Ten best: Things seen at Get Down!Town
This past Saturday was the 6th installation of Get Down!Town, the annual street party for the 10,000 or so of the city’s college students. And while the college kids were out in force, there was definitely a large contingent of… let’s just say folks whose college years are a long way back in the rear-view mirror, the YES! Weekly staff included. But that’s cool, especially for the downtown businesses, most of which saw huge crowds during and after the festivities – most college kids are too young to drink and, if memory serves, they don’t have the same buying power as people with jobs.
The Main Stage
Horn-heavy soulsters the Dynamites got the crowd in the mood to groove, followed by a Rusted Root set that carried until late in the evening. The scene before the little stage by the railroad trestle was also rife with remarkable sightings.
Numerous sightings were reported of an inflatable love doll – first making the rounds on Elm Street as the street fair got going and then later among the crowd assembled to watch headliner Rusted Root. Our man on the scene said, “They were tossing her around like a beach ball during the concert.” Sounds like she had a pretty good time.
Zoot suit swingers
A sizable faction of swing dancers, clad in zoot suits and period garb, held forth on the dance floor during the live entertainment, bringing to mind the impromptu performance by the NC A&T step team at Michael Tolcher’s set during the 2005 Get Down!Town. The event remains an opportunity for public spectacle.
It’s a fake baby, baby
Grimsley High School student Nikki Varitimidis brought her infant Willie to the street festival and her friends carried essentials like diapers and a bottle in case the wee one got cranky. “It’s a party baby!” she said. But don’t call DSS just yet – Willie is actually a high-tech doll used in parenting classes. He cries and fusses just like a real baby and the students must figure out how to appease him for their grade.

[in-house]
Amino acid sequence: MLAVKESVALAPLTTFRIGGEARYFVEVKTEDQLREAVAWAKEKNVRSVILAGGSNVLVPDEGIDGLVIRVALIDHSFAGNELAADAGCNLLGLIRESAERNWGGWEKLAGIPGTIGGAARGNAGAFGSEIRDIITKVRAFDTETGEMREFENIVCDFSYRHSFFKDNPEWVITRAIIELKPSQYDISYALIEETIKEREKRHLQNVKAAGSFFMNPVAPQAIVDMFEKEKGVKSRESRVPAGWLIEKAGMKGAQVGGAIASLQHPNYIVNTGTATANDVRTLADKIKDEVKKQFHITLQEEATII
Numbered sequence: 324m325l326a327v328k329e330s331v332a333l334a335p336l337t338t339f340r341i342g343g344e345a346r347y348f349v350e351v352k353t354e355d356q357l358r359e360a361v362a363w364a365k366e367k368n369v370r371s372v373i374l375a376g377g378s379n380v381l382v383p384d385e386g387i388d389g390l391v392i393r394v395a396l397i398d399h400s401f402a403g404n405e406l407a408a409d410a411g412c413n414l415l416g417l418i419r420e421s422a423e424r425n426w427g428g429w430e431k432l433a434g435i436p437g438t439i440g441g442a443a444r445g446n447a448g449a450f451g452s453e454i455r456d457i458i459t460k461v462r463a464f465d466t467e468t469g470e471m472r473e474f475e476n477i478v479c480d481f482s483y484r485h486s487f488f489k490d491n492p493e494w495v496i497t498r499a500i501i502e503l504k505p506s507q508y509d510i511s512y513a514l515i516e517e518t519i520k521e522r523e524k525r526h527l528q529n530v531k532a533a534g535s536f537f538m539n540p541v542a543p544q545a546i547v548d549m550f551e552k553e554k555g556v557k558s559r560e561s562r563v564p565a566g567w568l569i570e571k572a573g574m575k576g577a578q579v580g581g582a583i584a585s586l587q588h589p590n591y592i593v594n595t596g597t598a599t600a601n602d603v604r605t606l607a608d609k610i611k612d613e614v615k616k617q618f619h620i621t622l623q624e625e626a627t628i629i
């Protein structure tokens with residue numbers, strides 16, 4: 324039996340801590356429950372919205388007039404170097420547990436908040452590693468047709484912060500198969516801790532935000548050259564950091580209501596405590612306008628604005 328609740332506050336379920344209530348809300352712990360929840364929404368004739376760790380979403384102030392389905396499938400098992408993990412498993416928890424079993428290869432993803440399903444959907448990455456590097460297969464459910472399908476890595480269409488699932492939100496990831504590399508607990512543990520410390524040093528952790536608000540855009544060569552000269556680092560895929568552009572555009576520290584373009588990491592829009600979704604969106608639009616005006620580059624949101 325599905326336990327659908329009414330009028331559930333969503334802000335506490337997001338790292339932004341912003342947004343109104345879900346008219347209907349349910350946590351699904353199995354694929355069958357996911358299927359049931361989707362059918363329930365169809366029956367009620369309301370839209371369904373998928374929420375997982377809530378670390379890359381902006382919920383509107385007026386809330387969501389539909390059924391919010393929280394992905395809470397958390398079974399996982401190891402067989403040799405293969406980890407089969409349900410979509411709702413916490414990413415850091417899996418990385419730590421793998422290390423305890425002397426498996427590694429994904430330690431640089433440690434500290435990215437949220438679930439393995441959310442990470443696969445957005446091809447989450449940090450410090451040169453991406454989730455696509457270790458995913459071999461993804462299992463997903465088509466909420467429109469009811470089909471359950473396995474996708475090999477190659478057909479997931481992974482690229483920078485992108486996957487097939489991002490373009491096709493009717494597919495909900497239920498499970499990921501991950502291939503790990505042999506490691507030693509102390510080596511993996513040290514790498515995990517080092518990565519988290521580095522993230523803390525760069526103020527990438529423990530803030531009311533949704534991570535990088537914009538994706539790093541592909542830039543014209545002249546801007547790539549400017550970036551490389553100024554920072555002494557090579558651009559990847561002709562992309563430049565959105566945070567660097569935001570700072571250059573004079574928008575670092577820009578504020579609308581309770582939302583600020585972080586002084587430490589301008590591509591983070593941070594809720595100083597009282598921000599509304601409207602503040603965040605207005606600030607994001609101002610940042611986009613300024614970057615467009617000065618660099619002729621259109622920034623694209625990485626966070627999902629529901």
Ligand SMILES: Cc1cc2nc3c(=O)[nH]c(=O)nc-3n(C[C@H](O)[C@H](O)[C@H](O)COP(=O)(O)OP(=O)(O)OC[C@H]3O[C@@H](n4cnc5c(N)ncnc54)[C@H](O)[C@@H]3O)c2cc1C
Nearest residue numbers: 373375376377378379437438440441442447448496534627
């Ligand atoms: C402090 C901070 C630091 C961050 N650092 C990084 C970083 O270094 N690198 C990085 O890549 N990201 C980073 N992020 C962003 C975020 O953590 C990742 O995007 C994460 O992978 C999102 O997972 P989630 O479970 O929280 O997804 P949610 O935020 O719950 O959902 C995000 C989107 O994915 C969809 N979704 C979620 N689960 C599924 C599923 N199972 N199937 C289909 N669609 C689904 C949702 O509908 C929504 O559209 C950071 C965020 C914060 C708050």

Michael Posey, owner of Triad Glided Tours, allowed me a few minutes on one of his Segway personal scooters. After a short training session I was ready to plow through the crowd on the thing, but Posey cautioned against any type of reckless driving. “Always safety first,” he said. Still, it was an enjoyable experience, and the vantage point atop the thing allowed me to see the entire crowd on Elm Street. As a result, the Segway scooter has earned a place on my “gots to haves” list.
The YES! Weekly booth
The YES! Weekly staff and promotions team worked overtime, handing out swag like light-up necklaces, temporary tattoos, stickers and our famous cow T-shirts. We went through an astounding volume of freebies, all in the name of brand building, and judging by the ubiquity of the YES! Weekly logo, our people did a fine job.
Free conducting lesson
Across from our booth was a table representing the Greensboro Symphony offering free conducting lessons. I’m a sucker for the free, so I went over to get my baton working. Sheila Cauthen, who was working the booth, told me that the A-list conducting teachers were all checking out the party, but she provided me with a basic introduction to the art. One-two-three-four.
Dance party kids
This cracked me up: a couple of college kids standing in front of the Green Bean shilling for a dance party going on inside. Here’s the funny part: They were standing inside a cardboard box just big enough for the two of them, and they had battery-operated microphones through which they were saying things like “dance party” and “get up the get-down.” They also posed the question, “What comes after part B?” The answer, of course, is “Part A,” or, as the kids like to say, “part-ay.”
The VIP room
Ah, the VIP room. This is what makes events like these so sweet: an upstairs room at Natty Greene’s with free beer and wine and a modest spread of hot and cold hors d’oeuvres. All the movers and shakers were up here – at least I was – and the view of the stage from the outside staircase made it worth the climb.